The Oarsman’s and Angler’s Map of the River Thames from The Source to London Bridge (London: Edward Stanford Ltd.) is a seven-foot long, linen-backed, fold-out map of the river. My 1927 edition combines a Thameside gazeteer with detailed, if rather condensed, notes on how to punt each stretch of the river from Cricklad Cricklade (Glos.) to  Putney. Thus its entry for Clifton Hampden reads:

Clifton Hampden Br. Station: Culham, G.W.R., 1¼ m. Inn: The Barley Mow on Berks side of bridge. Boatyard: Casey, at Bridge Toll House, will look after boats, and has a few to let.
From Clifton Bridge keep right bank, but to left of reed beds and islands at Burcott: then bad shoving and deep water to lock.

The artist George Dunlop Leslie, whose book Our River (1881) is one long paean to punting on the Thames, knew all about the problems of shoving on this stretch of the river: ‘The punting here is peculiar,’ he declared; ‘mud is a bad thing, but there is such a thing as too hard a bottom, for here the pole rings with a clunk as it strikes the ground, and slips aside without any hold.’ But he admired the view:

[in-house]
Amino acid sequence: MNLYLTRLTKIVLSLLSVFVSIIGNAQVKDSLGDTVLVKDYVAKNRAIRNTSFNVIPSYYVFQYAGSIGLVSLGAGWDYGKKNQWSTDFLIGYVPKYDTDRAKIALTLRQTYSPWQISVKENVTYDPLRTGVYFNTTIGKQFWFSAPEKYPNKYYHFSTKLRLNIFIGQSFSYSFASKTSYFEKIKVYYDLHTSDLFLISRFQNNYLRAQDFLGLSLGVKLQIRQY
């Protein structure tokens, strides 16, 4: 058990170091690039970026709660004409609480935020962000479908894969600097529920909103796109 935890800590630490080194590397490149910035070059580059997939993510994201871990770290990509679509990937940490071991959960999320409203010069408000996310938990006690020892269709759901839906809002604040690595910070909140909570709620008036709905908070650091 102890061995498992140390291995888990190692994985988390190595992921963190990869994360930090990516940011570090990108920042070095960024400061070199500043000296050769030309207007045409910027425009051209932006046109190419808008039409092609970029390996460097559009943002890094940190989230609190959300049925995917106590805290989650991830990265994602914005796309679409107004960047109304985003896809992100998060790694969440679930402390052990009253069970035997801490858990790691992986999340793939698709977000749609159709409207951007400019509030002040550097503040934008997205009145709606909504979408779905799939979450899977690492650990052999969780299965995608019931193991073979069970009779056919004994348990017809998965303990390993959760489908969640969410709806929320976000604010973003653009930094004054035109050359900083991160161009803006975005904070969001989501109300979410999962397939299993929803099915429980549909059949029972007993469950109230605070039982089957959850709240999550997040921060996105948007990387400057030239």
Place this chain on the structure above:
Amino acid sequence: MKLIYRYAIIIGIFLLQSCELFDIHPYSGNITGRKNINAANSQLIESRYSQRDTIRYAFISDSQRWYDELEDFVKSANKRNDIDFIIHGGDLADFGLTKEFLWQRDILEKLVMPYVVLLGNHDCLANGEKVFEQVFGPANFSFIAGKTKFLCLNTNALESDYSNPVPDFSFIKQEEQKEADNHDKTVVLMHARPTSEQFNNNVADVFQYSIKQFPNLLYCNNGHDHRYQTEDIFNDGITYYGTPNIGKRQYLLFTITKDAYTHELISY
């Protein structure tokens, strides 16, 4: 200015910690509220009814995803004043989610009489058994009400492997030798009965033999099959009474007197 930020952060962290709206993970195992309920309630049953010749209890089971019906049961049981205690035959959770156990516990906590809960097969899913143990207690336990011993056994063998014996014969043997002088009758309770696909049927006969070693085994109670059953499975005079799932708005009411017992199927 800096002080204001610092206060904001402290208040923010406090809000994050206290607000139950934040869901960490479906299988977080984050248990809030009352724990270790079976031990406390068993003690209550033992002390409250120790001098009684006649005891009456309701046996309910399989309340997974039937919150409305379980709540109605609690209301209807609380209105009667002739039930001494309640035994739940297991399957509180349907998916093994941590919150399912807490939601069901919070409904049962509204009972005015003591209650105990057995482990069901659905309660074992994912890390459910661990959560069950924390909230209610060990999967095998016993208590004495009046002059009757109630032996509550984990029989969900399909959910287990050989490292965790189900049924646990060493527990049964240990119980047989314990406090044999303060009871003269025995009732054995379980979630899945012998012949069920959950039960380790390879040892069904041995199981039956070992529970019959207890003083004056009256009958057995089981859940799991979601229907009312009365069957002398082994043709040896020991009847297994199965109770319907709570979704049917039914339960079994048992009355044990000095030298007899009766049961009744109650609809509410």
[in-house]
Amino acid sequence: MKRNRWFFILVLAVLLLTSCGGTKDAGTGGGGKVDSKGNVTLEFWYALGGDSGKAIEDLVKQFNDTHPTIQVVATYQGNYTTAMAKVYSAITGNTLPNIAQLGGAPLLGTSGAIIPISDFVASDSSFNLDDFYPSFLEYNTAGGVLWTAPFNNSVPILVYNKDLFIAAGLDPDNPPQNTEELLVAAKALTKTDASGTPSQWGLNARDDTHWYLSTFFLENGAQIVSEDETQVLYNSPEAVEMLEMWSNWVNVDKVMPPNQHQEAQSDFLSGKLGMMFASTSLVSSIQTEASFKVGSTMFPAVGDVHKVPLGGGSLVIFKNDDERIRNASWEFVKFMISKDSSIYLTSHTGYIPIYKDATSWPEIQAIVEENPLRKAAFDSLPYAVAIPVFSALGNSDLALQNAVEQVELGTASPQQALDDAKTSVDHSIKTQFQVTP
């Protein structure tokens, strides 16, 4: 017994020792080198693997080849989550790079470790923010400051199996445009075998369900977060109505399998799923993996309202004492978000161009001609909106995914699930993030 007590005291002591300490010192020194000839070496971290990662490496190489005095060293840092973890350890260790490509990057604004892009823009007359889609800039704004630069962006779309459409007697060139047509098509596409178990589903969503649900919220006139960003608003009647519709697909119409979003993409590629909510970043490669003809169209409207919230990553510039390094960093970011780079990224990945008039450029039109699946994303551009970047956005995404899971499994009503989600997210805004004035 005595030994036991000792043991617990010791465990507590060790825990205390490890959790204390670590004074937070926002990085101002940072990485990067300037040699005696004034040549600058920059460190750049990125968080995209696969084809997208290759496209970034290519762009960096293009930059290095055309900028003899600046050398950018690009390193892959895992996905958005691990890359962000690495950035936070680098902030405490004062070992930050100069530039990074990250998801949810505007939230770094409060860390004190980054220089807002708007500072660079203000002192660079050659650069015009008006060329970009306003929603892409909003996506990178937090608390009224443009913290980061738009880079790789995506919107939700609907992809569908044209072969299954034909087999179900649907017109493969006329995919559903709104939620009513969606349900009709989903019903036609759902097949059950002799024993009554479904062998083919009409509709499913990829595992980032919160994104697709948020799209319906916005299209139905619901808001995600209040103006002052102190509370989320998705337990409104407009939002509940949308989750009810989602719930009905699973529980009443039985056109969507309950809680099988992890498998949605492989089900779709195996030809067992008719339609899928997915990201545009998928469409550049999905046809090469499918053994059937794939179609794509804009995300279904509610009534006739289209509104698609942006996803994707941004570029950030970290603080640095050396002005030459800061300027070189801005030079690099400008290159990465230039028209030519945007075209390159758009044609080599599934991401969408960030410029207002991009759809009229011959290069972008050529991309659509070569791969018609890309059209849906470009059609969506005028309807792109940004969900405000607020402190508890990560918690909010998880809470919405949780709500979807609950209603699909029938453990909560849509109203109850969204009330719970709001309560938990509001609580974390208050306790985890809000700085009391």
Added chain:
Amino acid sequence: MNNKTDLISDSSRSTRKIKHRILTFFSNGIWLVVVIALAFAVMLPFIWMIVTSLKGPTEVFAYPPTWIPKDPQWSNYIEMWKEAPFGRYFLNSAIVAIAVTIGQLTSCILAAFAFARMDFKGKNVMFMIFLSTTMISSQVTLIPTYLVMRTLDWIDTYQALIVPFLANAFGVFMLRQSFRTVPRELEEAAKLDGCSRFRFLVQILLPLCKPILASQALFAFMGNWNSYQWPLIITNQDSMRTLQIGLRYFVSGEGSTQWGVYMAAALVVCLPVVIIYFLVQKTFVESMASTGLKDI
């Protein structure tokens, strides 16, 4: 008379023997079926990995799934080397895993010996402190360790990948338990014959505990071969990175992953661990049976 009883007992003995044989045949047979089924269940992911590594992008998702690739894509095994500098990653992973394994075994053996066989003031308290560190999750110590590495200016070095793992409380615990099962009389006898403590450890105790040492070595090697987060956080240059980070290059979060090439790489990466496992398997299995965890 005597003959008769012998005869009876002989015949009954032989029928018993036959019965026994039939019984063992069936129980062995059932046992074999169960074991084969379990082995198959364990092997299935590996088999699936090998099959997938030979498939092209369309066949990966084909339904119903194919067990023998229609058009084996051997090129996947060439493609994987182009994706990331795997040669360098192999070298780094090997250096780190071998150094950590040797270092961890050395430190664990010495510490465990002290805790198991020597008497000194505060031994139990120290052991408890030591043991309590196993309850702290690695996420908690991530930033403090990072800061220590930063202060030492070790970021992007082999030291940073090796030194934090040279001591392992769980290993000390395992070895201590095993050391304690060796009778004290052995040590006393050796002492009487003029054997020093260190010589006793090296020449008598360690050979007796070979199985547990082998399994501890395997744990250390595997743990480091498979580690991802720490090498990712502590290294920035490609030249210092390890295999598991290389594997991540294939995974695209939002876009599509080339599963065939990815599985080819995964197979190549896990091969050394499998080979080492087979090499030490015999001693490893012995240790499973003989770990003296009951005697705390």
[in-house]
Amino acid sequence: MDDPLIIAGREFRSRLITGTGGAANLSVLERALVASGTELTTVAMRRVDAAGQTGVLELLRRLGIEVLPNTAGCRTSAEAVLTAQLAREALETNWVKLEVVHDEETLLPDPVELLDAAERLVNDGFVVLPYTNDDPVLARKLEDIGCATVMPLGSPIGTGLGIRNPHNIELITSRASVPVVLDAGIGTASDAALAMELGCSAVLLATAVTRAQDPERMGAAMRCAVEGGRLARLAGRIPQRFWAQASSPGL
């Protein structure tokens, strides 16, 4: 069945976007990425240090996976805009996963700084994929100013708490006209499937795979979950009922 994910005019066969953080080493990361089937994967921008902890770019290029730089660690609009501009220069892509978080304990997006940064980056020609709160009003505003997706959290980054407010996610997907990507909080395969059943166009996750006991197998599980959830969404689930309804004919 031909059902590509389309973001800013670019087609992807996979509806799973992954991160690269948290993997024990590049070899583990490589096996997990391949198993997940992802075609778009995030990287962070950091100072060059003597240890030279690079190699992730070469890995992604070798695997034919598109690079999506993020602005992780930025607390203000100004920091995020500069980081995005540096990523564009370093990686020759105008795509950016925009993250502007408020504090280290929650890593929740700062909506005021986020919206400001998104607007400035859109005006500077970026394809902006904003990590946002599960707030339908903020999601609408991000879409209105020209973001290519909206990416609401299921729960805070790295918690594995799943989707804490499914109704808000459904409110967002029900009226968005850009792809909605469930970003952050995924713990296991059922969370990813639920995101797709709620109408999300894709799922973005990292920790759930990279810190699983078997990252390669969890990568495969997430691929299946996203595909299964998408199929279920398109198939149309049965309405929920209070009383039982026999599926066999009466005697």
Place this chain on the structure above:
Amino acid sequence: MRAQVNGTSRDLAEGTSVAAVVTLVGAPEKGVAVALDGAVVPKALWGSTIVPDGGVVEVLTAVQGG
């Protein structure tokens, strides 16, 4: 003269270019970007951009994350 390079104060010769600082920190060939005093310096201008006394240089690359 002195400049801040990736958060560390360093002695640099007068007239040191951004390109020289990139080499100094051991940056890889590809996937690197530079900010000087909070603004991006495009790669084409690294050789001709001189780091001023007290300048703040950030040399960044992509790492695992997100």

At Clifton Hampden, as if to make up for its dullness, the river suddenly comes out in quite a novel aspect. For a short distance it runs over a bed of hard sandstone; the little cliff on the Oxfordshire side, from which the village is named, is of this stone, and quite unlike anything else on the river. With its ivy bushes and small church perched on the top, it resembles some of Bewick’s vignettes very strikingly.

Jerome K Jerome, in Three Men in a Boat (1891) describes Clifton Hampden as ‘a wonderfully pretty village, old-fashioned, peaceful, and dainty with flowers’. He doesn’t mention the church; he’s more interested in the local pub, The Barley Mow, whose ‘low pitched gables and thatched roof and latticed windows give it quite a story-book appearance, while inside it is even still more  once-upon-a-timeyfied.’ Such quaintness comes at a cost, however:

It would not be a good place for the heroine of a modern novel to stay at. The heroine of a modern novel is always ‘divinely tall’, and she is ever ‘drawing herself up to her full height.’ At the ‘Barley Mow’ she would bump her head against the ceiling every time she did this.